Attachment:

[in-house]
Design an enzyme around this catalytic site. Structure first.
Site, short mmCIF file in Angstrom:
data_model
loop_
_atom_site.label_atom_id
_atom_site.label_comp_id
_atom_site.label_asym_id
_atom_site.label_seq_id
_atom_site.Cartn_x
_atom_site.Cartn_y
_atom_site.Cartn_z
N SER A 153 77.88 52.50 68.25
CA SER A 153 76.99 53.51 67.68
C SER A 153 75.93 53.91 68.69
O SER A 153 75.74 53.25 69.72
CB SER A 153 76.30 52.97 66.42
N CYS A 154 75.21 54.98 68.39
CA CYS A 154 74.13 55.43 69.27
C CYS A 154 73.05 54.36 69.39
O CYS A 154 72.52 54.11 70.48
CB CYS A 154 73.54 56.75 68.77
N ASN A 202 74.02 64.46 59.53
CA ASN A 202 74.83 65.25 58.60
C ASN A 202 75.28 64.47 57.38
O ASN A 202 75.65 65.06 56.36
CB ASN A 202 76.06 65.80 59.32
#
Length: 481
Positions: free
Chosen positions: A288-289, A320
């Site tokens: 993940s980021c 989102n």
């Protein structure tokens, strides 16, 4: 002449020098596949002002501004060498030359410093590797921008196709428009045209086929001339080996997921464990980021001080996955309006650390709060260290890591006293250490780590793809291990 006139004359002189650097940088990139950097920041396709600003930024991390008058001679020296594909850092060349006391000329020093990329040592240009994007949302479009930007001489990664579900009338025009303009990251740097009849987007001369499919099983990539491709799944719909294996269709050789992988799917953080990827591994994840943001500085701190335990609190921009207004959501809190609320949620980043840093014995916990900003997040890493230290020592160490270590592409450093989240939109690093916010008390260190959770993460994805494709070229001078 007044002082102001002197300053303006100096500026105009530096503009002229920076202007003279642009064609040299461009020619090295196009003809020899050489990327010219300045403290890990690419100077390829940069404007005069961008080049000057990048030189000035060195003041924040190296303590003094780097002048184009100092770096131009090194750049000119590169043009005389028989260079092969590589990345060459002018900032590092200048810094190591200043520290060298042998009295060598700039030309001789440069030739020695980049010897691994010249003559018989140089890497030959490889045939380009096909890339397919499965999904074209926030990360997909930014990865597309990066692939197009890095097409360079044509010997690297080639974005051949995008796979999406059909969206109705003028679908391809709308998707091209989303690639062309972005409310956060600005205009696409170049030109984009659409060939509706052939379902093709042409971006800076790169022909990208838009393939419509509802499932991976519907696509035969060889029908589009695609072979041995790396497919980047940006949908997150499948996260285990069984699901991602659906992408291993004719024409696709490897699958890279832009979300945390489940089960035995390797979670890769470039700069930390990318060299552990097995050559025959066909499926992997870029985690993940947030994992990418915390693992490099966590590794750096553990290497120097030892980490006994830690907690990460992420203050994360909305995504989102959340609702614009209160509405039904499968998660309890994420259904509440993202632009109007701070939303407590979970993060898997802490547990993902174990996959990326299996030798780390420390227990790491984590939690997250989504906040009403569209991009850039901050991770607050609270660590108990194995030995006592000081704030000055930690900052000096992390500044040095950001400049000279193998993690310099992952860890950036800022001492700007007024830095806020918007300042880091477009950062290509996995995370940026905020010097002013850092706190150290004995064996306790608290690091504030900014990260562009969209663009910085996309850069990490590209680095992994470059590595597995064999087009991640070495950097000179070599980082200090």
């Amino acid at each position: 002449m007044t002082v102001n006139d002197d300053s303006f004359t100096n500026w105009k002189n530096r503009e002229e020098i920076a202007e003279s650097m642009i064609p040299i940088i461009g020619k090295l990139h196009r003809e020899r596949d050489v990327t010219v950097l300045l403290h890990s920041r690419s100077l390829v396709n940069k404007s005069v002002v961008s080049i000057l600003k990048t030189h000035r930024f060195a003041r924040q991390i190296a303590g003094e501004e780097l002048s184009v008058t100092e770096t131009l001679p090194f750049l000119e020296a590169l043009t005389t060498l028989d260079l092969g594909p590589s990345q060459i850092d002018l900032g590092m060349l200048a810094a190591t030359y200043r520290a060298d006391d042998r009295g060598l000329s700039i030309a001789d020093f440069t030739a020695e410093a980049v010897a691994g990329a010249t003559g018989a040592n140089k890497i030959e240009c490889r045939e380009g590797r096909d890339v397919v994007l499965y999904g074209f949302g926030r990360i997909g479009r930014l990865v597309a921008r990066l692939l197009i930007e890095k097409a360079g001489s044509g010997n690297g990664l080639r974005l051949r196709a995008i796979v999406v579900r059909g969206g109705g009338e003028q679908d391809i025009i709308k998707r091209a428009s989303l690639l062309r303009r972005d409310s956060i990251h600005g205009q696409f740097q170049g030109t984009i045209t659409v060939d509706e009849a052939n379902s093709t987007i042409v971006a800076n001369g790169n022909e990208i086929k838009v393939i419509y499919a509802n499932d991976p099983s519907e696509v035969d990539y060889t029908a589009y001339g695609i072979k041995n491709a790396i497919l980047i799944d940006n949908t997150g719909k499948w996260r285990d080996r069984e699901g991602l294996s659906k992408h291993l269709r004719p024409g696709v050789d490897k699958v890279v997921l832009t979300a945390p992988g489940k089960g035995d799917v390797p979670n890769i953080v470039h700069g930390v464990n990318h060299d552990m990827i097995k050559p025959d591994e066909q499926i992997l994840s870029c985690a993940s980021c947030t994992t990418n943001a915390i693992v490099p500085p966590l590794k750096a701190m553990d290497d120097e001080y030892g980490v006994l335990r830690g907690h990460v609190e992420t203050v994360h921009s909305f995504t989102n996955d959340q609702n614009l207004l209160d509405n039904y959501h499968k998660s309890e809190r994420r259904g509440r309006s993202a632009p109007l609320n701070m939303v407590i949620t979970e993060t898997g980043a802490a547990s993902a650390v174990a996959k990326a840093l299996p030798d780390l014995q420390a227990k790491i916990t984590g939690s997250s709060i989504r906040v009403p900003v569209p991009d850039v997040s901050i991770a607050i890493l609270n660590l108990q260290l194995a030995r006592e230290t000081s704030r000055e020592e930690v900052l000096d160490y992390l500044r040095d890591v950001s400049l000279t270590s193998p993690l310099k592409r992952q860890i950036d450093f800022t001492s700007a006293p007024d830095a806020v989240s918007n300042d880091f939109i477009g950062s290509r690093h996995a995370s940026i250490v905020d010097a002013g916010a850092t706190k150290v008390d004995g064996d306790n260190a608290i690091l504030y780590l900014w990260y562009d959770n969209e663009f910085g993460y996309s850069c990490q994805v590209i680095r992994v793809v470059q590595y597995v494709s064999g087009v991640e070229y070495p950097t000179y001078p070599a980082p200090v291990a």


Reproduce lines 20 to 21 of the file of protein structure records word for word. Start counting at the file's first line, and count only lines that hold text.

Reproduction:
C CYS A 154 73.05 54.36 69.39
O CYS A 154 72.52 54.11 70.48